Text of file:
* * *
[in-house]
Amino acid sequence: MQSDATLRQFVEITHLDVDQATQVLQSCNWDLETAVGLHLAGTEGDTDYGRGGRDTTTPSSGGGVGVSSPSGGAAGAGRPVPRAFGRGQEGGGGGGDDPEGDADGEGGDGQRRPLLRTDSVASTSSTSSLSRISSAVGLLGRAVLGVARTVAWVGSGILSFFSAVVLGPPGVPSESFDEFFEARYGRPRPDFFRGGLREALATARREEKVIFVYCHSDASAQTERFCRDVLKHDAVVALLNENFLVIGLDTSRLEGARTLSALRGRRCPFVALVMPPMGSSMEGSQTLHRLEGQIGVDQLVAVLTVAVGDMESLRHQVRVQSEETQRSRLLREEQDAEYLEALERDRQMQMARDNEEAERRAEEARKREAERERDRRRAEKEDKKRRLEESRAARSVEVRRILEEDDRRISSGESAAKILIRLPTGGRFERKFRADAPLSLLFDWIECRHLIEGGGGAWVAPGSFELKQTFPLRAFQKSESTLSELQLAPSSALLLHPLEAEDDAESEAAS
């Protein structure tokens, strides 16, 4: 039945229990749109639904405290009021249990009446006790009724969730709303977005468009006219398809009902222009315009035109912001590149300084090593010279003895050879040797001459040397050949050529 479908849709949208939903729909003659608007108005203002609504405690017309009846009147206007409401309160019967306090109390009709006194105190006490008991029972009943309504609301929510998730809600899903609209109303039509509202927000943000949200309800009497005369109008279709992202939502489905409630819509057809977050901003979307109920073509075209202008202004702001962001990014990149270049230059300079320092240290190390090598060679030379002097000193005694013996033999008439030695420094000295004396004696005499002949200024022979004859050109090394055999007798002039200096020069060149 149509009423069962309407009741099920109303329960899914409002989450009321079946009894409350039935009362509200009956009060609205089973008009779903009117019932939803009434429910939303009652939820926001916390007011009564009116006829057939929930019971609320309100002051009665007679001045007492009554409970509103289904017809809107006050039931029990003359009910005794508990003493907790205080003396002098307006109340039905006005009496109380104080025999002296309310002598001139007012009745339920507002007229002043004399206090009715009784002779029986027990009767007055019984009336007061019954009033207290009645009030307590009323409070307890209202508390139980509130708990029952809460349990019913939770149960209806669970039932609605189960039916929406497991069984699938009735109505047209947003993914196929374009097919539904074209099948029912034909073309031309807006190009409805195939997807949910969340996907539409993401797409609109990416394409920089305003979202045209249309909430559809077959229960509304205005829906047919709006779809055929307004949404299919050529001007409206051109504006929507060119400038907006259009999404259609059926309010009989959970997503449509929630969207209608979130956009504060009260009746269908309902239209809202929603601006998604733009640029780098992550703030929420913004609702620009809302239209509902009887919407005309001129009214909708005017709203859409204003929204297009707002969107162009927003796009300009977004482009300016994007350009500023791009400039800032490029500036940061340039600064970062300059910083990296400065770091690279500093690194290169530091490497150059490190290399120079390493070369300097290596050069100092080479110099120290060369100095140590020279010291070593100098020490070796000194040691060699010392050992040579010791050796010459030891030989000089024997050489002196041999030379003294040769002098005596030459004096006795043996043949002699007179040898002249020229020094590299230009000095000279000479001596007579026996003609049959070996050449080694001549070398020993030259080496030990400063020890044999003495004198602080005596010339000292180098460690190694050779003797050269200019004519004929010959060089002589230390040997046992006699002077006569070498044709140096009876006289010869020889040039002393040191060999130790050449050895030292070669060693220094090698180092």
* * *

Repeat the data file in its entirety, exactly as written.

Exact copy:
[in-house]
Amino acid sequence: MQSDATLRQFVEITHLDVDQATQVLQSCNWDLETAVGLHLAGTEGDTDYGRGGRDTTTPSSGGGVGVSSPSGGAAGAGRPVPRAFGRGQEGGGGGGDDPEGDADGEGGDGQRRPLLRTDSVASTSSTSSLSRISSAVGLLGRAVLGVARTVAWVGSGILSFFSAVVLGPPGVPSESFDEFFEARYGRPRPDFFRGGLREALATARREEKVIFVYCHSDASAQTERFCRDVLKHDAVVALLNENFLVIGLDTSRLEGARTLSALRGRRCPFVALVMPPMGSSMEGSQTLHRLEGQIGVDQLVAVLTVAVGDMESLRHQVRVQSEETQRSRLLREEQDAEYLEALERDRQMQMARDNEEAERRAEEARKREAERERDRRRAEKEDKKRRLEESRAARSVEVRRILEEDDRRISSGESAAKILIRLPTGGRFERKFRADAPLSLLFDWIECRHLIEGGGGAWVAPGSFELKQTFPLRAFQKSESTLSELQLAPSSALLLHPLEAEDDAESEAAS
């Protein structure tokens, strides 16, 4: 039945229990749109639904405290009021249990009446006790009724969730709303977005468009006219398809009902222009315009035109912001590149300084090593010279003895050879040797001459040397050949050529 479908849709949208939903729909003659608007108005203002609504405690017309009846009147206007409401309160019967306090109390009709006194105190006490008991029972009943309504609301929510998730809600899903609209109303039509509202927000943000949200309800009497005369109008279709992202939502489905409630819509057809977050901003979307109920073509075209202008202004702001962001990014990149270049230059300079320092240290190390090598060679030379002097000193005694013996033999008439030695420094000295004396004696005499002949200024022979004859050109090394055999007798002039200096020069060149 149509009423069962309407009741099920109303329960899914409002989450009321079946009894409350039935009362509200009956009060609205089973008009779903009117019932939803009434429910939303009652939820926001916390007011009564009116006829057939929930019971609320309100002051009665007679001045007492009554409970509103289904017809809107006050039931029990003359009910005794508990003493907790205080003396002098307006109340039905006005009496109380104080025999002296309310002598001139007012009745339920507002007229002043004399206090009715009784002779029986027990009767007055019984009336007061019954009033207290009645009030307590009323409070307890209202508390139980509130708990029952809460349990019913939770149960209806669970039932609605189960039916929406497991069984699938009735109505047209947003993914196929374009097919539904074209099948029912034909073309031309807006190009409805195939997807949910969340996907539409993401797409609109990416394409920089305003979202045209249309909430559809077959229960509304205005829906047919709006779809055929307004949404299919050529001007409206051109504006929507060119400038907006259009999404259609059926309010009989959970997503449509929630969207209608979130956009504060009260009746269908309902239209809202929603601006998604733009640029780098992550703030929420913004609702620009809302239209509902009887919407005309001129009214909708005017709203859409204003929204297009707002969107162009927003796009300009977004482009300016994007350009500023791009400039800032490029500036940061340039600064970062300059910083990296400065770091690279500093690194290169530091490497150059490190290399120079390493070369300097290596050069100092080479110099120290060369100095140590020279010291070593100098020490070796000194040691060699010392050992040579010791050796010459030891030989000089024997050489002196041999030379003294040769002098005596030459004096006795043996043949002699007179040898002249020229020094590299230009000095000279000479001596007579026996003609049959070996050449080694001549070398020993030259080496030990400063020890044999003495004198602080005596010339000292180098460690190694050779003797050269200019004519004929010959060089002589230390040997046992006699002077006569070498044709140096009876006289010869020889040039002393040191060999130790050449050895030292070669060693220094090698180092």